by the FairShake Team
Say you ordered a product online, but what you received didn’t match the photos and description on the product page. Or you paid for a service you never received. Or you canceled a subscription, but the company continued charging your card anyway. Or you promptly returned an item you bought while it was still unused, in its original packaging.
In all those instances, you might expect to get a refund. But when are you actually entitled to get your money back?In the U.S., there’s no federal law that says merchants have to accept returns. However, retailers are required to provide a repair, exchange, or refund if a product is defective. And under the FTC’s “cooling off” rule, you have the right to cancel some sales within three days of the purchase and get a full refund.
In addition to this, many sellers have their own return and refund policies, and they generally uphold those (but not always!).
So what happens when they don’t? What do you do if you feel like you deserve your money back, but a company won’t issue you a refund? Our step-by-step guide will help you defeat shady and unfair businesses and get the justice — and refund — you deserve.
Before anything else, you should contact the seller and try to work things out.
Ask them why they aren’t willing to issue you a refund, and make sure you’re actually entitled to one, because you may not be.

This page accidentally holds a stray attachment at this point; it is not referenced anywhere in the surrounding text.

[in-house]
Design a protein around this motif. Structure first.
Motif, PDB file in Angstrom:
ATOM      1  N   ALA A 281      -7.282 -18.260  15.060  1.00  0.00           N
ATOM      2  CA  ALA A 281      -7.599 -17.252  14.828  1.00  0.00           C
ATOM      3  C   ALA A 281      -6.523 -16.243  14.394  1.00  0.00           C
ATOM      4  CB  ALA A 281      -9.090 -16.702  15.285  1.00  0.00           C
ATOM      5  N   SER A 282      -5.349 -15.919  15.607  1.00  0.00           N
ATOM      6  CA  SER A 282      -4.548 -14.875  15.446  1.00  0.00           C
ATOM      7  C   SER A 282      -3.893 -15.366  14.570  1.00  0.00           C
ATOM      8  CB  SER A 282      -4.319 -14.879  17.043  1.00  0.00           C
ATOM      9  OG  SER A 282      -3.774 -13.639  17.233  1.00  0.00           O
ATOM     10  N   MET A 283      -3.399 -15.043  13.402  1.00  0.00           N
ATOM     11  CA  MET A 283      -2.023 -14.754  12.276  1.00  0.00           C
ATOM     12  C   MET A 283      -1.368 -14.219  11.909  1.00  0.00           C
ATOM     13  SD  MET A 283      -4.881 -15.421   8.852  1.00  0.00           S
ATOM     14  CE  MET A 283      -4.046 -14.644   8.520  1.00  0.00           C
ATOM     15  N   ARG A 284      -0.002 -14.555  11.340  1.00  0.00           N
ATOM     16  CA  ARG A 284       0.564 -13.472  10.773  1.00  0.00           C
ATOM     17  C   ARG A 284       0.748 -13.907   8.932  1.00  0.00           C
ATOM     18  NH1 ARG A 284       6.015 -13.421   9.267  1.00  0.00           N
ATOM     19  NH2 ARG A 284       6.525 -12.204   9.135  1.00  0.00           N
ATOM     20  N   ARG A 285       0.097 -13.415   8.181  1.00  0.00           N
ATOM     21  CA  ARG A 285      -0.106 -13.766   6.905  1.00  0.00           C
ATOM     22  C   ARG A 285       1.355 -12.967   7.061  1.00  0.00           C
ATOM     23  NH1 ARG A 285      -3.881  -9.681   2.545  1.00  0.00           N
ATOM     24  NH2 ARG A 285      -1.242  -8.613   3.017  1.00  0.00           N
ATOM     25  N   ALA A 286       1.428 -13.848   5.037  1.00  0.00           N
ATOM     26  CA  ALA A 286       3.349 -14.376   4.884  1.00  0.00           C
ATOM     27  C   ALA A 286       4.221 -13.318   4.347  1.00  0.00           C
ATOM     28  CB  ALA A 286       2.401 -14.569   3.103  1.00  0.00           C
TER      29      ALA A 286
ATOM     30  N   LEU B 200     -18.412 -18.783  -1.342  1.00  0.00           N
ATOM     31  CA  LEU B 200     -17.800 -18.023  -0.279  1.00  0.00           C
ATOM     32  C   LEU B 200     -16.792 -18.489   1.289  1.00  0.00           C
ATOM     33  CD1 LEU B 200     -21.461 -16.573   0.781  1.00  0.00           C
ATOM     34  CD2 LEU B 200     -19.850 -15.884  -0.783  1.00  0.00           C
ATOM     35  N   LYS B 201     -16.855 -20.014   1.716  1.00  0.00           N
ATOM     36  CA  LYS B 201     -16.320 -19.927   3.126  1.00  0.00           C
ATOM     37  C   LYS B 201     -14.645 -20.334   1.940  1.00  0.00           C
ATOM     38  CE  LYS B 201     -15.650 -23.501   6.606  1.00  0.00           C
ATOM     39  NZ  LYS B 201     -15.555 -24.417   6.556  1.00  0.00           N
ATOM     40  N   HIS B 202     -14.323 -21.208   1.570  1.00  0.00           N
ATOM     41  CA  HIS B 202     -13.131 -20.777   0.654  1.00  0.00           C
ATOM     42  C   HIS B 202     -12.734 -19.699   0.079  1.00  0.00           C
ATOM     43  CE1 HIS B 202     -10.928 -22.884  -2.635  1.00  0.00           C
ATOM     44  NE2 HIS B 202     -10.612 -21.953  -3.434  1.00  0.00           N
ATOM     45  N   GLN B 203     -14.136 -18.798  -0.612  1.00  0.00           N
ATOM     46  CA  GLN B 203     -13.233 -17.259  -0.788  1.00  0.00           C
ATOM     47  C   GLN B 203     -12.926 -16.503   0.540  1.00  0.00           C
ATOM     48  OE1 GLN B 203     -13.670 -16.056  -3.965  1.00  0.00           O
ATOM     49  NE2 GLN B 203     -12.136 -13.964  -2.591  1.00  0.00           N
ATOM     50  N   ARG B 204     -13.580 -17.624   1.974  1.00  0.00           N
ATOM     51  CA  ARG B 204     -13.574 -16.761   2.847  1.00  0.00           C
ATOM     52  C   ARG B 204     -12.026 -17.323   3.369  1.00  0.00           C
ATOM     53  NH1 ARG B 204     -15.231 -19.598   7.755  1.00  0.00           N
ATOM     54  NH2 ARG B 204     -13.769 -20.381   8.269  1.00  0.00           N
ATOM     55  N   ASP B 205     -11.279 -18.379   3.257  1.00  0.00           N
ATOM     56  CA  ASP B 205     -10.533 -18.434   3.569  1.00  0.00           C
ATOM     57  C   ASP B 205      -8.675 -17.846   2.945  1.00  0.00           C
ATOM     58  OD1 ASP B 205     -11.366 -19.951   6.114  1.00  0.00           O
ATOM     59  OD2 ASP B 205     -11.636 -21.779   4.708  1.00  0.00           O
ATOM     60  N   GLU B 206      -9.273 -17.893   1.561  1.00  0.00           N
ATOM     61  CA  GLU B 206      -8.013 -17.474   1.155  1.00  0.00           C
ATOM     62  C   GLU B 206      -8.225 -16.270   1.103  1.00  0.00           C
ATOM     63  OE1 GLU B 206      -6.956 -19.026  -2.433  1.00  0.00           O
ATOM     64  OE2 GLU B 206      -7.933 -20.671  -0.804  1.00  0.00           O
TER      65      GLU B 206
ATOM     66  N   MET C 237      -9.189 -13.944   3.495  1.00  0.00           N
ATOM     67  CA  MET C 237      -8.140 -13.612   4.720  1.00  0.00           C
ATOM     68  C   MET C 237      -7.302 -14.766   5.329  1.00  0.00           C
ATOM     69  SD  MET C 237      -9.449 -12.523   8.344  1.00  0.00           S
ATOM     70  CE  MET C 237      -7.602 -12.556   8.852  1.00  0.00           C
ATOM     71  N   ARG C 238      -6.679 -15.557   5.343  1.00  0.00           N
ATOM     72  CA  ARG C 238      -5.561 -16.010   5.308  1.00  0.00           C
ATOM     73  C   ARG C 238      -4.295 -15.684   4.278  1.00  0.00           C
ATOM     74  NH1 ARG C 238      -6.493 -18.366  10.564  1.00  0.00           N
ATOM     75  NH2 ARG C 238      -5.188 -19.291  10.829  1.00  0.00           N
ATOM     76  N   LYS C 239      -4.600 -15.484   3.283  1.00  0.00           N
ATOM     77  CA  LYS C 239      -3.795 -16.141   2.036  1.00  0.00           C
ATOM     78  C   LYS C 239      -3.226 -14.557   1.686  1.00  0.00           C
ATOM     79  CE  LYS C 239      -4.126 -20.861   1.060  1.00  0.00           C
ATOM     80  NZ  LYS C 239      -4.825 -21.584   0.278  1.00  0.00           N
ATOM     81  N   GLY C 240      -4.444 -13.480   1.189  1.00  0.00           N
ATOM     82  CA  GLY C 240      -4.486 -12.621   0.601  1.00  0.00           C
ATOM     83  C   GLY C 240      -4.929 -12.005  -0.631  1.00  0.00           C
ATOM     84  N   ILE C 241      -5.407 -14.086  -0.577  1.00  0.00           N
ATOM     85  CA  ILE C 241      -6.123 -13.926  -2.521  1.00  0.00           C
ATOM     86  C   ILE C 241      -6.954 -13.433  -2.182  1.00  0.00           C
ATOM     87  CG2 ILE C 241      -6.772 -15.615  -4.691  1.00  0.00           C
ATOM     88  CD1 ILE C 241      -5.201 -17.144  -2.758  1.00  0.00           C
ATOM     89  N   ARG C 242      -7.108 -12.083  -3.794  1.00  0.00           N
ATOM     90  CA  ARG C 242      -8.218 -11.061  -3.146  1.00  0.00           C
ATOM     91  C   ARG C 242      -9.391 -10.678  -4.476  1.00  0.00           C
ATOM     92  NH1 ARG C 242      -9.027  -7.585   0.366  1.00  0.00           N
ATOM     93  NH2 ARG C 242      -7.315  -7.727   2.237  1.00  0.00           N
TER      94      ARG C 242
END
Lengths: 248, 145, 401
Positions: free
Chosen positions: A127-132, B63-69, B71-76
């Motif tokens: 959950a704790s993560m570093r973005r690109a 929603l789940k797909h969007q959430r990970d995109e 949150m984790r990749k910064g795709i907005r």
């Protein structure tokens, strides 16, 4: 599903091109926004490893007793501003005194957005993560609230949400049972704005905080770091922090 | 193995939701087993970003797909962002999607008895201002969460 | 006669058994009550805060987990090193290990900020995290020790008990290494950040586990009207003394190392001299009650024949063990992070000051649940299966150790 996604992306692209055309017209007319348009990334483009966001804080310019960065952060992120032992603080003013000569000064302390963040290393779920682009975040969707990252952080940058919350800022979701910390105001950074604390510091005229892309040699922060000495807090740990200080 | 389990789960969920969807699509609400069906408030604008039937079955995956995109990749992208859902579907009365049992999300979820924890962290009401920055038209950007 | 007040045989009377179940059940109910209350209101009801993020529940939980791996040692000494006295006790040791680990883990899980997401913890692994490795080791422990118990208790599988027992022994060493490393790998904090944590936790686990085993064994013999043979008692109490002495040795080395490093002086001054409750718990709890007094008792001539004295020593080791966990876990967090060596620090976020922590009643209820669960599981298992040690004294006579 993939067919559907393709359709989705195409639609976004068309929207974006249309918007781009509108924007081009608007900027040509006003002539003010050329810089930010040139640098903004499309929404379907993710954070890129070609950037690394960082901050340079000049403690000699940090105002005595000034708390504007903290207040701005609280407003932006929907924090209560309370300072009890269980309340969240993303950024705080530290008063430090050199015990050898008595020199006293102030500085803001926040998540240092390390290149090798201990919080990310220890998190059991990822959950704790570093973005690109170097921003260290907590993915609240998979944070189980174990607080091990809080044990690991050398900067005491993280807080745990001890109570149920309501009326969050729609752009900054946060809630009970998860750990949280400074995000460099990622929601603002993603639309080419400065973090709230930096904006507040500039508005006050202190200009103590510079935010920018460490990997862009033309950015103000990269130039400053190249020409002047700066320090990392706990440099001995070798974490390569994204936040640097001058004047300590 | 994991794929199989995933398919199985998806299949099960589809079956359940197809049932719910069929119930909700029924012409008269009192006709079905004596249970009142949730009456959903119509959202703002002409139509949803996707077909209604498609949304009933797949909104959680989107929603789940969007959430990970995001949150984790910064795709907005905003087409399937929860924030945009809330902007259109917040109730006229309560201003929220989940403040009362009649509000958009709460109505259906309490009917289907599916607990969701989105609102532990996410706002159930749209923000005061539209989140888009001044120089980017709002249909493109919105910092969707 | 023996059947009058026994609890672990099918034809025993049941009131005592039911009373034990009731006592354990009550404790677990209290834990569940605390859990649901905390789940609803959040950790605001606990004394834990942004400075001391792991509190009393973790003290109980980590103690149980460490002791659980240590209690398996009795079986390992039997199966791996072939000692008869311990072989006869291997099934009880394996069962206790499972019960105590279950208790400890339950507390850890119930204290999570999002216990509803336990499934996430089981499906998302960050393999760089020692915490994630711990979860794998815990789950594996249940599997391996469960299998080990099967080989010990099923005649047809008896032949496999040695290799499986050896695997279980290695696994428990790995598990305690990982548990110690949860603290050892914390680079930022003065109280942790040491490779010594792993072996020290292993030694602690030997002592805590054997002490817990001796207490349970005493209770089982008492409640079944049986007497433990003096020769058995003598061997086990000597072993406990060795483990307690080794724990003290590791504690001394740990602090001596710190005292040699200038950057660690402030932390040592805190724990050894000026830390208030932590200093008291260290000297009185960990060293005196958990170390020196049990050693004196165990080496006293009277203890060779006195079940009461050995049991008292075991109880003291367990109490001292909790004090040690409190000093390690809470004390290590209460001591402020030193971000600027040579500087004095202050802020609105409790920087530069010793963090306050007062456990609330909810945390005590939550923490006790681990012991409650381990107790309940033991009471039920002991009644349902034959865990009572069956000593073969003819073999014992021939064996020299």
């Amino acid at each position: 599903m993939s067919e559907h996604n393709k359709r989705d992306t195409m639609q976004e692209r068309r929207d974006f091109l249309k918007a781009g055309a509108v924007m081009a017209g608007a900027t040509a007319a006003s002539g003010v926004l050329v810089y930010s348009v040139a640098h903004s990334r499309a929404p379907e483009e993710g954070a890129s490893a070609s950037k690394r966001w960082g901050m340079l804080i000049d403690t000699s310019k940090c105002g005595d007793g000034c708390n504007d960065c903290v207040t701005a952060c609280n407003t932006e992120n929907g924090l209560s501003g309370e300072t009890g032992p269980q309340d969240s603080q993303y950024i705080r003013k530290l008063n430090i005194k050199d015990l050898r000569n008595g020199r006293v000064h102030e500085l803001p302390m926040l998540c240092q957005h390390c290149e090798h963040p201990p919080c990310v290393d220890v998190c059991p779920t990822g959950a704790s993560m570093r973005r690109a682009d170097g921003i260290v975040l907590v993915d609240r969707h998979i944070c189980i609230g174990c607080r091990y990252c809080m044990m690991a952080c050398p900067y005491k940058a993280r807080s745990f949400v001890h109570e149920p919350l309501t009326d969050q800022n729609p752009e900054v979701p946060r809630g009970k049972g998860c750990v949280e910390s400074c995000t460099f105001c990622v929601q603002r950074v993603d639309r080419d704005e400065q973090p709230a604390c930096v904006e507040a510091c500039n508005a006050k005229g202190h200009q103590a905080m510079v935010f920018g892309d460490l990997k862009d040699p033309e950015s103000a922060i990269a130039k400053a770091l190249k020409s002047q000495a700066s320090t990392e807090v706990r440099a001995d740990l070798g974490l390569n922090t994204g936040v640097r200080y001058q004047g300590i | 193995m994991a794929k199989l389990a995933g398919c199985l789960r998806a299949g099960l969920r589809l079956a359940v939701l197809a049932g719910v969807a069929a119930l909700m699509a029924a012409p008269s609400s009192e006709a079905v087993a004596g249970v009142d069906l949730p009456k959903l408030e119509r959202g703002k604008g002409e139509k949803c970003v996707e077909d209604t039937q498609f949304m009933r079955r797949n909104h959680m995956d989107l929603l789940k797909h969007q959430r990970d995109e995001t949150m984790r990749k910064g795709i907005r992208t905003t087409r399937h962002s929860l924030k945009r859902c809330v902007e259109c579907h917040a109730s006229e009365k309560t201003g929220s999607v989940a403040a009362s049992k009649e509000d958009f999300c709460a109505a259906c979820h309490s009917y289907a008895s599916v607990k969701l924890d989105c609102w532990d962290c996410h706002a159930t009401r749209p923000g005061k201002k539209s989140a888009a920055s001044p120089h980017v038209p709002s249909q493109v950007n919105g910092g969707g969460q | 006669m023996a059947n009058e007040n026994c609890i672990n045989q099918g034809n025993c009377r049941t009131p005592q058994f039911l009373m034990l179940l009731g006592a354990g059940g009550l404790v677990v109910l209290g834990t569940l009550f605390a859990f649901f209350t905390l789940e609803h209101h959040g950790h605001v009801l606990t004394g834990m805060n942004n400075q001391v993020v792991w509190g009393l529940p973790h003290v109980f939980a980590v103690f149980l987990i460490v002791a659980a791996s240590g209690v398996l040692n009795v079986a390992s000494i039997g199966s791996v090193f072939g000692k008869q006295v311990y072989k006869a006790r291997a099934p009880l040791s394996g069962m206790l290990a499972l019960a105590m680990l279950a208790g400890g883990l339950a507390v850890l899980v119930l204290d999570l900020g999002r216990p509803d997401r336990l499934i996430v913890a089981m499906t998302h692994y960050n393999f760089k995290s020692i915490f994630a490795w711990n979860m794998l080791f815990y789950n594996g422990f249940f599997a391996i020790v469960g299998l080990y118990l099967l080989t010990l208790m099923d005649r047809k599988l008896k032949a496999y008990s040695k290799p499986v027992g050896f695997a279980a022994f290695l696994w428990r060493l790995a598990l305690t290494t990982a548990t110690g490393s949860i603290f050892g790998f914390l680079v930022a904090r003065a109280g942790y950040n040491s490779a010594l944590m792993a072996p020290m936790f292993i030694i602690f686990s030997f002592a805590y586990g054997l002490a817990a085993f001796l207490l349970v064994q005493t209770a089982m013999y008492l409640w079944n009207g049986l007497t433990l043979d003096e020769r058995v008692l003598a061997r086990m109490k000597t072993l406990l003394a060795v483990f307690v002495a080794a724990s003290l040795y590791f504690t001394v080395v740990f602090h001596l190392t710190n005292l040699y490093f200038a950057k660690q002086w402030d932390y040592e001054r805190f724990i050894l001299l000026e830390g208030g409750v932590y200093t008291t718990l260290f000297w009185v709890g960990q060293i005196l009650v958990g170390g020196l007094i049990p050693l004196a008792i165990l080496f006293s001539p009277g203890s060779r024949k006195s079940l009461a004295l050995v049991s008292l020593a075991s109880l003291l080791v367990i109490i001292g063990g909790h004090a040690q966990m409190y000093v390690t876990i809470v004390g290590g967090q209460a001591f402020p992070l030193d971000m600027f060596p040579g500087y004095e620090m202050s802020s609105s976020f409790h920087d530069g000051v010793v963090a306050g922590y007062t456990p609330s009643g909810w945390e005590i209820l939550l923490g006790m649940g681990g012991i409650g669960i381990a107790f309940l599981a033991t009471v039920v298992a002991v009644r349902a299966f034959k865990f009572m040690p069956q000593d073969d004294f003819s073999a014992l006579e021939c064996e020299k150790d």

For example, if you returned a product outside of the seller’s stated return window, unfortunately, that’s on you, and they don’t owe you your money back. Same goes for if you returned an item that you obviously used or damaged. Sometimes, if you buy an item on sale or clearance, the seller will state that the sale is final, and in that case, they don’t have to give you your money back if you return the item.
The good news is that most stores want to make their customers happy — it’s how they get repeat business and maintain a good reputation that brings in new customers. If you contact the seller and explain why you think you should get a refund, they very well might act in good faith and give you your money back. It might be necessary to escalate the complaint a little bit — if a customer service agent can’t help you, ask to speak to a store manager, supervisor, or owner.
If the business or seller refuses to help you resolve your complaint, and you still feel like you have a legitimate argument for having your money refunded, there are still other avenues you can take, including chargebacks, mediation, a lawsuit, or arbitration. Read on to learn more about those options and how each one can help you get your money back.
If you used a credit card for the purchase you’re trying to get refunded, you have a specific type of protection offered under the Fair Credit Billing Act of 1974, which allows you to ask your bank or the credit issuer to reverse the charge, taking money from the merchant and putting it back into your account. This is called a chargeback.